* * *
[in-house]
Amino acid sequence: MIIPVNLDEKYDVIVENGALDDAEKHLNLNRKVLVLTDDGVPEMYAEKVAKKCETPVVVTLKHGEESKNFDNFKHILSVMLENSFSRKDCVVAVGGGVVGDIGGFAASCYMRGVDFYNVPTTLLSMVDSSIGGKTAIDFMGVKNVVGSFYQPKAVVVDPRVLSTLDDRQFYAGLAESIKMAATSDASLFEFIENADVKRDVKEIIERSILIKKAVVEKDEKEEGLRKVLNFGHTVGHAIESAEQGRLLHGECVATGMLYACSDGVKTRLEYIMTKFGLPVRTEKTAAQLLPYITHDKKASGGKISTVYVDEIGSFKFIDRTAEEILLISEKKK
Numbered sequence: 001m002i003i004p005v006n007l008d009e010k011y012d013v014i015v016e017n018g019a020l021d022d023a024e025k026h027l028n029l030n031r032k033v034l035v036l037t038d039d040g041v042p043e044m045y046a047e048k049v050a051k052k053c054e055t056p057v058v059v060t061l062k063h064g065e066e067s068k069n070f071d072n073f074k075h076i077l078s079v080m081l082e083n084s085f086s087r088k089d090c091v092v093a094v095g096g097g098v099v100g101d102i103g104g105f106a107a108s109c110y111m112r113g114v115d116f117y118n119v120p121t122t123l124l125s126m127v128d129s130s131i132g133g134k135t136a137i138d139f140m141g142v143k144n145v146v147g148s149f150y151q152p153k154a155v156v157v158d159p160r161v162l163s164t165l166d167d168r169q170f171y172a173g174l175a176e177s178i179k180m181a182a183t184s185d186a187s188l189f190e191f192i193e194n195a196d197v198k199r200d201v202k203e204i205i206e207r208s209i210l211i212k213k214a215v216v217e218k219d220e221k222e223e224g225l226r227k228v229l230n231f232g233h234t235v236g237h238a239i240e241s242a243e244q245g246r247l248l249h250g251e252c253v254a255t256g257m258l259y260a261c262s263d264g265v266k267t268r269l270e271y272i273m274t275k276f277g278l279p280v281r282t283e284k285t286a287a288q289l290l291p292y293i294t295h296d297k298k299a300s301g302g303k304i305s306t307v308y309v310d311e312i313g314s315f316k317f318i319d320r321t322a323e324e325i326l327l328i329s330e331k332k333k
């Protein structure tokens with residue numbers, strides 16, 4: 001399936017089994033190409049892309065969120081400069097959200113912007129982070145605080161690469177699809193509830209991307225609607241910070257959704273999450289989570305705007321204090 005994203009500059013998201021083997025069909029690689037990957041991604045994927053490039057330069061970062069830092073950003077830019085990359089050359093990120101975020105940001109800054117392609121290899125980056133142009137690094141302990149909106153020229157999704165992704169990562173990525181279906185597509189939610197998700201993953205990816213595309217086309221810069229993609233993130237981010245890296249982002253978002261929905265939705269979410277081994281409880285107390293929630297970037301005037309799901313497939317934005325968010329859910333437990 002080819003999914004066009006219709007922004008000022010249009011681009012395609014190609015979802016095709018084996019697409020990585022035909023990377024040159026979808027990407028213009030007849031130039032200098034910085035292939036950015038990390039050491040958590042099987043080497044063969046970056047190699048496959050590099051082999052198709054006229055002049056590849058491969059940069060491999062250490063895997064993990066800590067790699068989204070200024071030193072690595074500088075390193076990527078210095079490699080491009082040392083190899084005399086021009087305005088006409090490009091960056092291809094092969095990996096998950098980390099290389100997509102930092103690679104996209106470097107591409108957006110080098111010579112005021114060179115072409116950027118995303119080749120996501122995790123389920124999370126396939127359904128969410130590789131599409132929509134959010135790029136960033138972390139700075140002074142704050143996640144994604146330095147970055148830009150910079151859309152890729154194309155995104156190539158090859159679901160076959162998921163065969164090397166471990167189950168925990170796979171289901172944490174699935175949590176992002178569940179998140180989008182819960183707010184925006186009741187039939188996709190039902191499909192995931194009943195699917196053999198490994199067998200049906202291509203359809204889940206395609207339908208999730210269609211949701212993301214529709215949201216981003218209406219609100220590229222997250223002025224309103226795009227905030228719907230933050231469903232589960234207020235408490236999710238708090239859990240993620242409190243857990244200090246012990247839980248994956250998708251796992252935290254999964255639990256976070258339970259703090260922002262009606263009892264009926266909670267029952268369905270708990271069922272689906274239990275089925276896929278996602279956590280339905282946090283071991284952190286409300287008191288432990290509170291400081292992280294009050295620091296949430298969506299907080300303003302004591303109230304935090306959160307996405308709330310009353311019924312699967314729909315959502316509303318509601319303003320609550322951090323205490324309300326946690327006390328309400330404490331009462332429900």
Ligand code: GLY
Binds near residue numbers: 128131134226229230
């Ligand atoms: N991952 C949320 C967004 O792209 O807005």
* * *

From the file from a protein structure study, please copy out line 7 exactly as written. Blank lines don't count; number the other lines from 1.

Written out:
């Ligand atoms: N991952 C949320 C967004 O792209 O807005």